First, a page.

After his fifth day heroics in Adelaide, Warne is poised on 694 Test wickets and sure to reach the milestone during the series.
While Warne would like to reach the mark in front of his home crowd at the MCG in the fourth Test, starting on December 26, he could do so at the WACA when the third Test starts here Thursday.
The pitch has long been regarded as the home of fast bowling but has been increasingly helpful to spinners in recent seasons.
Warne has generally struggled at the WACA, with 32 wickets in 11 Tests at 37.28, well below his career record.
He also struggled in Perth earlier this season, taking 1-113 for Victoria against Western Australia in a match during which his frustration built to a point where he bowled consecutive bouncers.
Warne's best Test haul in Perth is six wickets, a figure he has achieved three times, including last year against South Africa, but this season the leading wicket-taker at the venue is local left-arm finger spinner Aaron Heal by a good margin.
Australian wicketkeeper Adam Gilchrist, who said Warne was a like a "vulture circling" on the final day of the second Test in Adelaide, doubted it would be a traditionally fast and bouncy wicket.
"The results prove spin has worked," Gilchrist said here Tuesday of the WACA. "Last year (against South Africa) spin was a good option.
"We could have done with another spinner on the last day even though we had the greatest spinner ever bowling.
"That was our approach -- to get into the footmarks. It seems they come into play (at the WACA) more than they have traditionally done so."
Gilchrist said Warne would be focusing on his indifferent record at the WACA rather than the 700 mark, but he added the milestone was sure to cross the leg-spinner's mind.
"I'm not sure if Warney's taken more than six wickets in a Test at the WACA," Gilchrist said.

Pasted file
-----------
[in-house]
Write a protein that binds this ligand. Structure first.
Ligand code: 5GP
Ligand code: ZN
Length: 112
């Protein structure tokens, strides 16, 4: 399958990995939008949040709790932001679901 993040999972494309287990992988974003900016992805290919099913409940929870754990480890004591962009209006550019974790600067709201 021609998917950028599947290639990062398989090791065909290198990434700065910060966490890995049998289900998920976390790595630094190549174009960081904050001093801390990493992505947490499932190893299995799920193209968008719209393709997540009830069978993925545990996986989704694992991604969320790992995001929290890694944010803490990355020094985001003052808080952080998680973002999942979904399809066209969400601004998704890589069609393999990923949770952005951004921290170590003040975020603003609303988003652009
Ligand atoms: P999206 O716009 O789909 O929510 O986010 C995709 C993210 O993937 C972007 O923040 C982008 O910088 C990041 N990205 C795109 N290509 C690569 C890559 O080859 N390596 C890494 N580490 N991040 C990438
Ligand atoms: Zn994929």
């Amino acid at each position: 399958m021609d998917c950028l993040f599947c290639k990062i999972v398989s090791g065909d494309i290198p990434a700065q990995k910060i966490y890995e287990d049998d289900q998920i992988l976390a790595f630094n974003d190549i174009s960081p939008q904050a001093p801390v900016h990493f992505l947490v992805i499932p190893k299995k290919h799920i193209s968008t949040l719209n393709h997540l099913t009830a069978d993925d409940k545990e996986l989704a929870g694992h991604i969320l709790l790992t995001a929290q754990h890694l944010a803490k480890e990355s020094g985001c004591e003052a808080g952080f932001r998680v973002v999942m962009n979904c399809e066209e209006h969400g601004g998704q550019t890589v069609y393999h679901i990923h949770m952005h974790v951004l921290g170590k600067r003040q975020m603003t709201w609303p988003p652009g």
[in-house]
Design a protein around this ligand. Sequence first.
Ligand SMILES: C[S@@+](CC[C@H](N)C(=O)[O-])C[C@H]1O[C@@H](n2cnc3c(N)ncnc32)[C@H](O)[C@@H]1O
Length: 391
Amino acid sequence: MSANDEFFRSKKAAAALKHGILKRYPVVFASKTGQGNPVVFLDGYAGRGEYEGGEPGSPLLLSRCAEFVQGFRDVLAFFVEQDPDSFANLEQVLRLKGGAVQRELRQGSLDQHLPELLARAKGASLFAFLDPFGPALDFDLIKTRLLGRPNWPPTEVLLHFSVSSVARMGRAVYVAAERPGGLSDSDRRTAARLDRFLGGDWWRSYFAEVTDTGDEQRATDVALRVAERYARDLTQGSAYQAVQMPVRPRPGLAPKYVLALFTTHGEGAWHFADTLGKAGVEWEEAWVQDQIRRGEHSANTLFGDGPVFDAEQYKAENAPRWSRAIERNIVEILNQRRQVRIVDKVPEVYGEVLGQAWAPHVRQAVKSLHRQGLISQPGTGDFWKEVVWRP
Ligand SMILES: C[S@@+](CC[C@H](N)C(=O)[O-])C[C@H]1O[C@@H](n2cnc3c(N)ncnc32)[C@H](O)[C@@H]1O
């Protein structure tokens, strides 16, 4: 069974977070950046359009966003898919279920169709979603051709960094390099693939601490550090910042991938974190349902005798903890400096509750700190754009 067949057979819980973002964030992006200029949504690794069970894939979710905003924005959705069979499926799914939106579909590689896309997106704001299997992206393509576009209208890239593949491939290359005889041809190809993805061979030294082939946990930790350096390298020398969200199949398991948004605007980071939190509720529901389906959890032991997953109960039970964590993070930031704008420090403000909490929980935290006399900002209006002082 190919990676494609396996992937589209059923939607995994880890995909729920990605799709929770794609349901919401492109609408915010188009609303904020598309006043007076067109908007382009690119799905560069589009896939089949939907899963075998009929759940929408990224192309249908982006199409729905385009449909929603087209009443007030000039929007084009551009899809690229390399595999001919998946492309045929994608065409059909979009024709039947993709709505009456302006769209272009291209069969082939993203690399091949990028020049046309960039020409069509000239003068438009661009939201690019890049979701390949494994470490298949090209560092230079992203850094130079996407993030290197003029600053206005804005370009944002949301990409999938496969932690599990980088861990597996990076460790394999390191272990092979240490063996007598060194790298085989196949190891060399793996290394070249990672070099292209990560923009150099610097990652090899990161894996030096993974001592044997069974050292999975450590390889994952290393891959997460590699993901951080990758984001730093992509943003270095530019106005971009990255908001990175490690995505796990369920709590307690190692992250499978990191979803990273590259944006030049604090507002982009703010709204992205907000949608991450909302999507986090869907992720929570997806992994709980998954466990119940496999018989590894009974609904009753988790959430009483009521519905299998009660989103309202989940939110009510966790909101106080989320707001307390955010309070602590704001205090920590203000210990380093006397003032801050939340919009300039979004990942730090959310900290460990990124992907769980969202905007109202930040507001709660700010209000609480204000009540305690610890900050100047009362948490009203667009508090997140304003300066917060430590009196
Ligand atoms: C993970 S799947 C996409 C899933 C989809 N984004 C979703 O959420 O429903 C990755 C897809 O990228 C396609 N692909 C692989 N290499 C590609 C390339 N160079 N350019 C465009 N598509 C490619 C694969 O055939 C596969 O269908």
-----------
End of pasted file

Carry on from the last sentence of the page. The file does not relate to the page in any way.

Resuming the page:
"If he hasn't, I'm sure that's a burning goal in his mind to better that.
"Ricky Ponting always asks us to try and better ourselves every time we train or play. Warney will have that in his mind, but he'll have 700 in his mind, it's inevitable.
"It's one of the two or three greatest achievements ever in the game."
Despite being the wrong side of 37, Gilchrist said Warne was as enthusiastic as ever about his cricket.
"He's just got a real spring in his step at the moment," Gilchrist said.
"He's quite vocal in the group, he's vibrant, he's really energising the group. That's been his way through the whole series but it really shone through on that last day (in Adelaide).
"He led us and we all followed -- that's what good leaders do."
For all his greatness, controversy is never far away from Warne and Gilchrist couldn't help but a share laugh with the media contingent when he unwittingly reminded the gathering of Warne's one-year suspension for taking a banned substance with an off-the-cuff comment about the leg-spinner.
"This morning in training when we all rolled in - everyone was asking what's happened, what's he on?" he said before a momentary pause and a chuckle.
"I probably shouldn't say that."